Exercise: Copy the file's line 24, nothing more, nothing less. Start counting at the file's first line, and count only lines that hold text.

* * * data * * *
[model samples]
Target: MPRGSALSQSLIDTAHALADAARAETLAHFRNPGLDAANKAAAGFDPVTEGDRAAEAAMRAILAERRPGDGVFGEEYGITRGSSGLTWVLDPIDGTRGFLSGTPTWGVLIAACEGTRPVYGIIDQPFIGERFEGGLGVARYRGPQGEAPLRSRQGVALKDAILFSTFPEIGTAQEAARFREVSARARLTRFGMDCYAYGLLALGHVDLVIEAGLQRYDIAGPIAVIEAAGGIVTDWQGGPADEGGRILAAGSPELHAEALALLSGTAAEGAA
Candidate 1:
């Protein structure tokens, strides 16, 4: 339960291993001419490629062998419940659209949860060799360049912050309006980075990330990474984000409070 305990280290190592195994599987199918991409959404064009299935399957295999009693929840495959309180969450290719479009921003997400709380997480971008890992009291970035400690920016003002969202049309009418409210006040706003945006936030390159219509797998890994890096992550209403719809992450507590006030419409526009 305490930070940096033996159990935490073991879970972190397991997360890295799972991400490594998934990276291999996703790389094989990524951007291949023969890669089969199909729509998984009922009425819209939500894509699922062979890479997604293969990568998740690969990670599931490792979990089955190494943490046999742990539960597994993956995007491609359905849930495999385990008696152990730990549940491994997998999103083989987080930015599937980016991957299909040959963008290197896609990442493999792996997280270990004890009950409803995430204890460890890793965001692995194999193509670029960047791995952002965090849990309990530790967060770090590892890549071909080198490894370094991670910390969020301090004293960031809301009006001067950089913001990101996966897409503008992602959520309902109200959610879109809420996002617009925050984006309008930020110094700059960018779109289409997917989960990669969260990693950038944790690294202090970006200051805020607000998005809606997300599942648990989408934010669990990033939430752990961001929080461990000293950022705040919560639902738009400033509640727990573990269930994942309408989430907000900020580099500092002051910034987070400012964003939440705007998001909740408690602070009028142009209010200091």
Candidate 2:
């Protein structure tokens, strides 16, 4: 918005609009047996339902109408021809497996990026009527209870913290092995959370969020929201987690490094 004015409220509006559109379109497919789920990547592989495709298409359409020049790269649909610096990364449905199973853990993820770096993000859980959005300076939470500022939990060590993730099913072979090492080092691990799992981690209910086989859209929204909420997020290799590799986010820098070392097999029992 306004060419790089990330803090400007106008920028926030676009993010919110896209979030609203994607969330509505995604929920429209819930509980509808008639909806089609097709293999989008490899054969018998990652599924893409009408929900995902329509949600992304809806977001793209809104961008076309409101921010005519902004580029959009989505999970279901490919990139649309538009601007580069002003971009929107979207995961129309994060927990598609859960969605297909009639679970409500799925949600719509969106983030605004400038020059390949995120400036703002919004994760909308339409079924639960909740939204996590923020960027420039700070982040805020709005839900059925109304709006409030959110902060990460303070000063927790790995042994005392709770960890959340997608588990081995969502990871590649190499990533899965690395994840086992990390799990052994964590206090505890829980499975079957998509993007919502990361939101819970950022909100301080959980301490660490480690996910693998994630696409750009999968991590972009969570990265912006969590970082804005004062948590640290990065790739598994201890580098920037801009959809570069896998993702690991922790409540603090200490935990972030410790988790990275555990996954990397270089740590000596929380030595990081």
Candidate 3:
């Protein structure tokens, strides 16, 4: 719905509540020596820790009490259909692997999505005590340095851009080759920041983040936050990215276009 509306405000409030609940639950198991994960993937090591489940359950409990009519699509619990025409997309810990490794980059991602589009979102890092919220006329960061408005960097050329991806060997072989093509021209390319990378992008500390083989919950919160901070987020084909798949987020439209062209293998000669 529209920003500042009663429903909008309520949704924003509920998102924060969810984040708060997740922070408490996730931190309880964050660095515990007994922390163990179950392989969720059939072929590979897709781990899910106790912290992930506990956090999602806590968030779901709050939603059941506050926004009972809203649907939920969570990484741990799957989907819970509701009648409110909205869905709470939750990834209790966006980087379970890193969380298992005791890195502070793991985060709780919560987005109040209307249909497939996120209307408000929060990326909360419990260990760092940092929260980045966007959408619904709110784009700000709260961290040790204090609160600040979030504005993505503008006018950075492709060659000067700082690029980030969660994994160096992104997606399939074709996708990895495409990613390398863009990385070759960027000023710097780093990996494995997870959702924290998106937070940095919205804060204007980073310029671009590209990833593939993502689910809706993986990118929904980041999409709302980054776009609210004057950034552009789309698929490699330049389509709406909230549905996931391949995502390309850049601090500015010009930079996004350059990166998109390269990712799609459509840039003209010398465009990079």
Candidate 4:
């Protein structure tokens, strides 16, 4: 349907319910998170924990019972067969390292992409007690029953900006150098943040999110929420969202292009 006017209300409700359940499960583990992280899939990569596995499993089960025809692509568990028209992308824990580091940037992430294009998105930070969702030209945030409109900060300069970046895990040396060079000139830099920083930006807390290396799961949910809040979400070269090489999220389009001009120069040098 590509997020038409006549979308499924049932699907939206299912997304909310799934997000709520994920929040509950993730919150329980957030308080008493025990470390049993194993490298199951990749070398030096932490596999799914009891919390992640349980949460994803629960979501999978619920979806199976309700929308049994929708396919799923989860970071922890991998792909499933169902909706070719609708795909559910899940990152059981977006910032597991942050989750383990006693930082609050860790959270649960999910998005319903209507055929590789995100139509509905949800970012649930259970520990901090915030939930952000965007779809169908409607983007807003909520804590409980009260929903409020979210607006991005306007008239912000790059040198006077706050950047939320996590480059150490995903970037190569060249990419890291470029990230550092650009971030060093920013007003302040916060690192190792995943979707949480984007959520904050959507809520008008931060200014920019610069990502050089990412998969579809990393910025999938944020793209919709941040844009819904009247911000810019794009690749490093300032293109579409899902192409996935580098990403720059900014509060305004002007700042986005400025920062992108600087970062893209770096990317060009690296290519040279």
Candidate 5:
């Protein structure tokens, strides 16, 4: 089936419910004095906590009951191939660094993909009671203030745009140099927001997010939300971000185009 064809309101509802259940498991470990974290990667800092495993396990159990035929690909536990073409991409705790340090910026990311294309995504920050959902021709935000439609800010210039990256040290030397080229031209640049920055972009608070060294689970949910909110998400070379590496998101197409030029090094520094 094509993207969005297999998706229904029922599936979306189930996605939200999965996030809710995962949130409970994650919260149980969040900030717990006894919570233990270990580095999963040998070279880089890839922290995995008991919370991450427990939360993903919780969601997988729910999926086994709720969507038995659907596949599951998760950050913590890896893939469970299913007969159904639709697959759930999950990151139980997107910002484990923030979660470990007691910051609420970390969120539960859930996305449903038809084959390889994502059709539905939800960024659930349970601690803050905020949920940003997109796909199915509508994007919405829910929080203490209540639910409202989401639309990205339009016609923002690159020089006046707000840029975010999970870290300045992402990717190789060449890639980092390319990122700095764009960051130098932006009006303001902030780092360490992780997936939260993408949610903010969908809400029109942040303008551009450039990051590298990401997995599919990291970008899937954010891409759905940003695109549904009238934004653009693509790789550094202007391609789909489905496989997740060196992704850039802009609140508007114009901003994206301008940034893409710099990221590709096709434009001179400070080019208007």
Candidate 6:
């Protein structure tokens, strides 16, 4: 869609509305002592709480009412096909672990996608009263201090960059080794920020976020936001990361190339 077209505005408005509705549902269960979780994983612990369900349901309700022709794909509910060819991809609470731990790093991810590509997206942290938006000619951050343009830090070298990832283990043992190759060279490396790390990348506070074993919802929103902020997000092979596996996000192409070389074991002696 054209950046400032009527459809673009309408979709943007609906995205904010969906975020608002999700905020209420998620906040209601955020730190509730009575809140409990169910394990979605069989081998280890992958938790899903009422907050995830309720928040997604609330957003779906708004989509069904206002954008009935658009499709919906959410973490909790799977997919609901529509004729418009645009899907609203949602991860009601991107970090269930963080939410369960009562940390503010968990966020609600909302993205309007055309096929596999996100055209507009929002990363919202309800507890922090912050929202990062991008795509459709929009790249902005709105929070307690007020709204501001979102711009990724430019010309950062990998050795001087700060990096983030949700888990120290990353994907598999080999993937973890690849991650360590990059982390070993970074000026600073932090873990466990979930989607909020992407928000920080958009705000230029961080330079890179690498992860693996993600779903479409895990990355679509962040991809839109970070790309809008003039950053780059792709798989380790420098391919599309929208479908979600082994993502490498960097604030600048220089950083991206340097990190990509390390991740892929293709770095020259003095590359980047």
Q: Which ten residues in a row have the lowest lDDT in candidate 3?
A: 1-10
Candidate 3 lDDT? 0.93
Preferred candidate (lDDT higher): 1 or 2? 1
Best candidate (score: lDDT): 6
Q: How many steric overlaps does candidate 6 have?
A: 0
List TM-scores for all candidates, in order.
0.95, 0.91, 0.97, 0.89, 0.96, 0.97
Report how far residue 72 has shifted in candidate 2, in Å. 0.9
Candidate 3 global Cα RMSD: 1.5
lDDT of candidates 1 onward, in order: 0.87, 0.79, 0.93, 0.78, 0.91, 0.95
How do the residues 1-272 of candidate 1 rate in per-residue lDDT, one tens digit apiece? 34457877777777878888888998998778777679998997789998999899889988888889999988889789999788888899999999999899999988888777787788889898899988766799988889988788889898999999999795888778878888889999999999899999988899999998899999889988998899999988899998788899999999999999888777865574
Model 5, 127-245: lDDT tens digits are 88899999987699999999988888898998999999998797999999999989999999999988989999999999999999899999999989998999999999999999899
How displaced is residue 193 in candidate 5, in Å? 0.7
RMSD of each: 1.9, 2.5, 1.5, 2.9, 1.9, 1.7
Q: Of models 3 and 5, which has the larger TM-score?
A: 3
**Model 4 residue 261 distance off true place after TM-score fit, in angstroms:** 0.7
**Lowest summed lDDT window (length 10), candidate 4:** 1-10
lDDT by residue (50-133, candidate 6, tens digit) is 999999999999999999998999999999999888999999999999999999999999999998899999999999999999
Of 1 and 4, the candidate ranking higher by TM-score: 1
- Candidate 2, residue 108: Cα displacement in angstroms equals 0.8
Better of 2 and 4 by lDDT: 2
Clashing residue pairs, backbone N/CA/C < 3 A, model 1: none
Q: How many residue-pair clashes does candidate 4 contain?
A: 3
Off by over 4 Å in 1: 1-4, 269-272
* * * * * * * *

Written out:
Report how far residue 72 has shifted in candidate 2, in Å. 0.9